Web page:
This month started off on a sour note with news of yet another coup d’etat in Burkina Faso.
Eight months after Lt-Col Paul-Henri Damiba overthrew the democratically-elected Burkinabe government and installed himself as (military) president of Burkina Faso, yet another army official has overthrown Damiba.
Last Friday, army captain Ibrahim Traore led a coup and announced on national television that the army had seized power and ousted military leader Paul Henri Damiba.
Counting the alleged attempted coup in Mali, this is the third coup in Africa this year.
Since February 2022, we’ve reviewed the leading tech moves from countries across Africa.
While some months like June are filled with news of tech layoffs, others like July come with fraud allegations.
September was, by all accounts, a chill month. So what were the leading tech moves announced in it?
Let’s find out!
1. FUNDING: ENERGY TAKES THE LEAD
In September 2022, African startups made 36 fully disclosed* raises totalling $383,465,000. So far, this total is the highest amount raised in a month by African startups since June 2022, a 75.9 % increase from August’s $218,000,000. This month’s raise was led by Bboxx’s $200 million acquisition of PEG Africa.
Per sector, the top three sectors in September are energy, fintech and e-commerce. Energy startups raised $201,000,000 (52.4%), fintech startups raised $87,945,000 (22.9%), and e-commerce/retail startups raised $35,550,000 (9.3%).
Per region, West Africa led with $313,045,000 of the funding. Next is East Africa with $27,220,000, while South African startups came a close third with $26,650,000. North Africa brought in the lowest funding from September with $16,650,000 in disclosed funding.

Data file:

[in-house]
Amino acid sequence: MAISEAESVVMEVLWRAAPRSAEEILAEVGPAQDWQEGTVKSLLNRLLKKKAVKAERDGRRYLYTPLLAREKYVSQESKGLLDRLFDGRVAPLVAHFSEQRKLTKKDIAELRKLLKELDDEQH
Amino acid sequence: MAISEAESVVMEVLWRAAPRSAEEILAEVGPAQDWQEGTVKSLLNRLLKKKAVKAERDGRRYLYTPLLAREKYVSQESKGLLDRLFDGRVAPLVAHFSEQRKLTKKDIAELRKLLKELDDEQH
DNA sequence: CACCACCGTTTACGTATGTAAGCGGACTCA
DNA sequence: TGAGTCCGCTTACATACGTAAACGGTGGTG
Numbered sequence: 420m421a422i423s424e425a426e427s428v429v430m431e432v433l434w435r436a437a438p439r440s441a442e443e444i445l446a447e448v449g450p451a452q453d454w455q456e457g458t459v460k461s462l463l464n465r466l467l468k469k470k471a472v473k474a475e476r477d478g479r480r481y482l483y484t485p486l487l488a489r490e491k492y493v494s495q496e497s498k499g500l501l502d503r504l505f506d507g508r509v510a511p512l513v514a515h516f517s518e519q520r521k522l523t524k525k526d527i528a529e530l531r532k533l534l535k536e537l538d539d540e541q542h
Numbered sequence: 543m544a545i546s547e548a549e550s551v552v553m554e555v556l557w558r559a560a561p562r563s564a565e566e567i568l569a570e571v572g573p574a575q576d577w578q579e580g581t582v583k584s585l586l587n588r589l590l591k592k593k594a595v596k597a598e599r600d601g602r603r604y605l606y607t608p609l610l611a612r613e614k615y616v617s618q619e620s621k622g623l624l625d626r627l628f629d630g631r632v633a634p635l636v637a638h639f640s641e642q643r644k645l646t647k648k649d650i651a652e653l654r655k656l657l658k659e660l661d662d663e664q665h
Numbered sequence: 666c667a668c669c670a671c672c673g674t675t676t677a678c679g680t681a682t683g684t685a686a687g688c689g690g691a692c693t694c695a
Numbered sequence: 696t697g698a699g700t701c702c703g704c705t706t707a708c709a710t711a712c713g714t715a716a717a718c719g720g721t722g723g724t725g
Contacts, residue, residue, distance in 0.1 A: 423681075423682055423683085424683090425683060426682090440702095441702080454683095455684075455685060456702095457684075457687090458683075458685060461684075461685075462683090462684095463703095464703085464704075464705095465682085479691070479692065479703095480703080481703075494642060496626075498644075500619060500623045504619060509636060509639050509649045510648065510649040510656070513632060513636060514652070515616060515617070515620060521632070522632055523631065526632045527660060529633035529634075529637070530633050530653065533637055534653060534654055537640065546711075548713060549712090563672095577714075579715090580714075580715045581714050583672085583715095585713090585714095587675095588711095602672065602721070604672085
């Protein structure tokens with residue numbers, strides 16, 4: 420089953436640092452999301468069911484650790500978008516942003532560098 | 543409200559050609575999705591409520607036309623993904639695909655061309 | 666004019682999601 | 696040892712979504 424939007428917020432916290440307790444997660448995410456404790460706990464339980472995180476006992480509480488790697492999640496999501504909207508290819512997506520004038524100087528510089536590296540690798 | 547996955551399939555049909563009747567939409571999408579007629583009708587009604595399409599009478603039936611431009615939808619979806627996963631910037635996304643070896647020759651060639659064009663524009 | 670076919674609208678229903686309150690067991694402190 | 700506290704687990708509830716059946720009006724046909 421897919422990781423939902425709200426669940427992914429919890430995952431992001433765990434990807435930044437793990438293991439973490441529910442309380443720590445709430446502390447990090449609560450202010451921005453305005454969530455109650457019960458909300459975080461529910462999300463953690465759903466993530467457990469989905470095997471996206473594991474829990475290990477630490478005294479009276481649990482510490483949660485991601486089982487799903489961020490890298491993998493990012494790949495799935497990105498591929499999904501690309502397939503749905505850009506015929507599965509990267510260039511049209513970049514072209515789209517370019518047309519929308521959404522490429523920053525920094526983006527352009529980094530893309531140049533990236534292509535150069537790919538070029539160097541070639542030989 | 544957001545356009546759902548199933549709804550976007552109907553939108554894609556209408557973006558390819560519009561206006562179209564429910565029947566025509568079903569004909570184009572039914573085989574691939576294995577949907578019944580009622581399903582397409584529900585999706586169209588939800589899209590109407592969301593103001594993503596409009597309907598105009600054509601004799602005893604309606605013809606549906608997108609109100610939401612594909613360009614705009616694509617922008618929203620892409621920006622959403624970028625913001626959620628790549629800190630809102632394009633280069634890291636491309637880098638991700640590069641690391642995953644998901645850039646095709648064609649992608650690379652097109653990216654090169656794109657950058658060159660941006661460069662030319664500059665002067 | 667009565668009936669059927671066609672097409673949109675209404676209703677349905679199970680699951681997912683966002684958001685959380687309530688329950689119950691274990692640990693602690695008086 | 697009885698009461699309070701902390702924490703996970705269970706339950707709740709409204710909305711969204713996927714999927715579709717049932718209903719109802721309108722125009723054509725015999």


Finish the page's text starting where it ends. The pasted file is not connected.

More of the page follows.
The top five disclosed deals of September 2022 are
Bboxx’s $200 million acquisition of Ghana-based cleantech PEG Africa.
The news of the fees was received with negative feedback on and offline, and the Commission promptly announced that it would suspend the safety audits and, instead, work to train stakeholders.
3. UBER FACED REGULATORY HURDLES IN KENYA
Months after similar regulatory hurdles forced it to exit in Tanzania, September saw Uber fighting in Kenya.
Kenya’s National Transport and Safety Authority (NTSA) planned to enforce a regulation that caps commission for all ride-hailing companies in the country at 18%. Uber is appealing to the Supreme Court to nullify the regulation.
Uber might be for the legislation but its drivers are not. In September, ride-hailing drivers staged another protest against high commission fees in Kenya.
4. SAFARICOM ANNOUNCED ITS PLANNED SEPARATION FROM M-PESA
In September, telco Safaricom announced that it would be splitting from its mobile money service M-Pesa by January 2023.
The announcement comes two years after the enactment of Kenya’s Information and Communications (Amendment) Bill, which sought to split all telcos from their mobile money businesses.
5. CBK LICENSED 10 DIGITAL LENDERS
In September, the 6-month ultimatum the Central Bank of Kenya (CBK) gave for all digital lenders to apply for operational licences lapsed.
Only 10 digital lenders, although the CBK did note that it received over 228 applications and is still reviewing many other applications.
6. CELLULANT AND ORANGE PARTNERED WITH 8 BATSWANA BANKS
Last month, Orange Money, the mobile money service of Orange and pan-African payments company, Cellulant, launched a partnership to enable card-to-wallet transfers for 8 banks in Botswana.
The partnership will enable customers to transfer money online from any bank account to an Orange Money wallet, even if they don’t have Orange Money accounts.
7. SIXTY AFRICAN STARTUPS RECEIVED $4 MILLION FROM GOOGLE
As part of Google for Startups Black Founders Fund, startups like Eversend, Zuberi and Norebase will be part of a 6-month training programme and receive equity-free funding between $50,000 and $100,000.